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​UK Pensions Regulator straddled with ‘irreconcilable, muddled’ objectives

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The UK’s Pensions Regulator (TPR) was given contradictory and incompatible objectives when it was required to balance the security of pension savings against the growth of sponsoring employers, a report by the Pensions Institute has warned.

Report author Keith Wallace, examining instances where sponsors sidestepped deficit-reduction payments or exploited pension funds for financial gain – including cases of apparent mergers where sponsors siphoned off the scheme’s surplus – said it was naïve to assume such practices were now in the past, given the current level of underfunding.

Wallace cited high dividend payments, high-interest loans and management fees payable to sponsors as ways of sidestepping deficit payments, with some of the methods being employed by the sponsors of the underfunded BHS pension schemes, which have since entered the Pension Protection Fund (PPF).

A report by the parliamentary work and pensions committee last month argued that the BHS schemes had been weakened prior to its insolvency by the company’s management.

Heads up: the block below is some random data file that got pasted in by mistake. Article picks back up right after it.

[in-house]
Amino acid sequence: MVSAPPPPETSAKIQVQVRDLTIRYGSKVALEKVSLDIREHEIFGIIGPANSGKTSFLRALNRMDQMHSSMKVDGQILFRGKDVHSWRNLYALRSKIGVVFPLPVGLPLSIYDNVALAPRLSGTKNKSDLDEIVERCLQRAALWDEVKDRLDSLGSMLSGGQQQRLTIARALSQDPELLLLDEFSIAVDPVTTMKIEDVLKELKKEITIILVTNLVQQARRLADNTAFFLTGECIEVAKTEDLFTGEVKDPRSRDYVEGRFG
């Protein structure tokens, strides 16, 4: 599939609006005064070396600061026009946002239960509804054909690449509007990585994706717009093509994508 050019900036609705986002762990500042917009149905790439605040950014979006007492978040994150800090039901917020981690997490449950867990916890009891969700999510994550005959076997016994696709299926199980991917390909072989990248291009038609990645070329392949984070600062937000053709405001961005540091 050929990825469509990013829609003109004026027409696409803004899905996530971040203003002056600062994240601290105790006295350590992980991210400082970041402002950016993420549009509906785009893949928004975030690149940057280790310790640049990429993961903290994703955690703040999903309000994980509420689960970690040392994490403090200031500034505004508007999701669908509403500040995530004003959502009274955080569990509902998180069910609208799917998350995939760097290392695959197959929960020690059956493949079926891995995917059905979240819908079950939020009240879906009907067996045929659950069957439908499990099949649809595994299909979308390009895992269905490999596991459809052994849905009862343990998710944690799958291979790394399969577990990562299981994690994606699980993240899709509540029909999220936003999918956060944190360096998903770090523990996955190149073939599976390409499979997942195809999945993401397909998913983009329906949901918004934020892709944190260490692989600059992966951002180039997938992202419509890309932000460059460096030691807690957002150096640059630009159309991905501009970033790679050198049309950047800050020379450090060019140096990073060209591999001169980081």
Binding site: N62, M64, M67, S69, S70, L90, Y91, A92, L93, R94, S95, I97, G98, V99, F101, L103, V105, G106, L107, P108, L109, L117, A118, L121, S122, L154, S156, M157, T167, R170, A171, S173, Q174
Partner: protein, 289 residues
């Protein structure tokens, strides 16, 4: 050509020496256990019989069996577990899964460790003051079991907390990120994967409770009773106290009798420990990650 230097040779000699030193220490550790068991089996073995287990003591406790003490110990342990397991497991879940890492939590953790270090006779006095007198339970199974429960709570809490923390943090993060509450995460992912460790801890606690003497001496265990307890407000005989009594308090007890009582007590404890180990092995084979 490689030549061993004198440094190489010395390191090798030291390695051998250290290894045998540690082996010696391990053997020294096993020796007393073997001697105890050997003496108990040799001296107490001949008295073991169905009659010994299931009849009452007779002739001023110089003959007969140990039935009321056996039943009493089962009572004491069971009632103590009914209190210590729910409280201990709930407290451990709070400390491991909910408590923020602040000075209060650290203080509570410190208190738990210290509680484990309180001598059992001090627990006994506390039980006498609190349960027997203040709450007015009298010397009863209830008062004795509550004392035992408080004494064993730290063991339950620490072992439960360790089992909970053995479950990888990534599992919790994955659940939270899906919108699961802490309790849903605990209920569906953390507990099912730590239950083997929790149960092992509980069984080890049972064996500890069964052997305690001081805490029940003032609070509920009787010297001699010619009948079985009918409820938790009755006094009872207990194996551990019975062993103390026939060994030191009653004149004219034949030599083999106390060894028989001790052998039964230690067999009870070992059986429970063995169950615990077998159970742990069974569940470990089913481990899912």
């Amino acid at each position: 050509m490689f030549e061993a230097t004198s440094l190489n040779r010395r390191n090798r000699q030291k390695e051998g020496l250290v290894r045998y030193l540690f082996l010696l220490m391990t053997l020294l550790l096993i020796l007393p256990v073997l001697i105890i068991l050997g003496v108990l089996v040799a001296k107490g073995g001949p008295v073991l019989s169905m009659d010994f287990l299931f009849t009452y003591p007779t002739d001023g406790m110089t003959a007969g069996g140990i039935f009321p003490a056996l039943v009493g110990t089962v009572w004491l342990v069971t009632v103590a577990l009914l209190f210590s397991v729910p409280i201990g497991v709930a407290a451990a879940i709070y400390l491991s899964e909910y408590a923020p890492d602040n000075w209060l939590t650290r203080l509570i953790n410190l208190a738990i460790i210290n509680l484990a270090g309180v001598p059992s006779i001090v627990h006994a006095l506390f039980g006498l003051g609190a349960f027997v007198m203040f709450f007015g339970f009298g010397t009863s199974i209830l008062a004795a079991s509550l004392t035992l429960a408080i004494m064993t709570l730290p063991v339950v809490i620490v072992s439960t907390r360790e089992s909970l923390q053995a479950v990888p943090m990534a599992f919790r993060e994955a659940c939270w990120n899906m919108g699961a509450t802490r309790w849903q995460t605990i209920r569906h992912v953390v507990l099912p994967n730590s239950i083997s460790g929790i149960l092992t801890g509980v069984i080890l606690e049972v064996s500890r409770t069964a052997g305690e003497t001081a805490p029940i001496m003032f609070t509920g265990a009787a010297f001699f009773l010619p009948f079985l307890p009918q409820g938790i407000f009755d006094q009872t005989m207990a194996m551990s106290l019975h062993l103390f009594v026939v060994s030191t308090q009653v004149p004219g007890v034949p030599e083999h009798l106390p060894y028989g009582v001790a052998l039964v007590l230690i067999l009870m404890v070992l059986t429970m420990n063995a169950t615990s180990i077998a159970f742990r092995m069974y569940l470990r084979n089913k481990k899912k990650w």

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“The Pension Protection Fund faces a huge moral hazard as a result of the practices employed by some companies in this country,” warned Wallace, who is also president of the Association of Corporate Trustees.

A pension scheme is like a coach and horses carrying gold on a long journey through hostile territory in a Wild West movie.

In the report, ‘Milking and Dumping: The Devices Businesses Use to Exploit Surpluses and Shed Deficits’, Wallace argues that TPR was an ineffective regulator due to its conflicting mission statements of protecting schemes while ensuring a sponsor’s solvency.

“In practice, the muddled role saps trustees’ negotiating stance and gives them a moral ‘let out’, a sense of helplessness, or both,” he said.

“Were there no TPR role here, negotiations between trustees and sponsors might be more acute, but beneficiaries would know clearly where the buck stopped.”

TPR’s obligation to balance a scheme’s deficit-reduction payments were made more explicit in 2012, when a new statutory objective to account for sponsor growth was agreed.

Wallace contrasted TPR’s objectives with those of the PPF, which he said were clearer, with the lifeboat scheme showing “every appearance” it would be able to meet them.

The report continues: “Where there is some latent moral hazard, though, is in the very existence of the PPF and the harbour it offers.”

Wallace, arguing that the existence of PPF guarantees allows sponsors to justify insufficient levels of contribution, adds: “It affords some lowest common denominator of acceptable benefit.”

David Blake, director of the Cass Business School-based Pensions Institute, said: “A pension scheme is like a coach and horses carrying gold on a long journey through hostile territory in a Wild West movie.

“Despite the determination of the trustees to navigate a safe journey over the rocky terrain and the bravery of the Pensions Regulator as outrider, the coach with its valuable bullion is a sitting duck for corporate ingenuity.”

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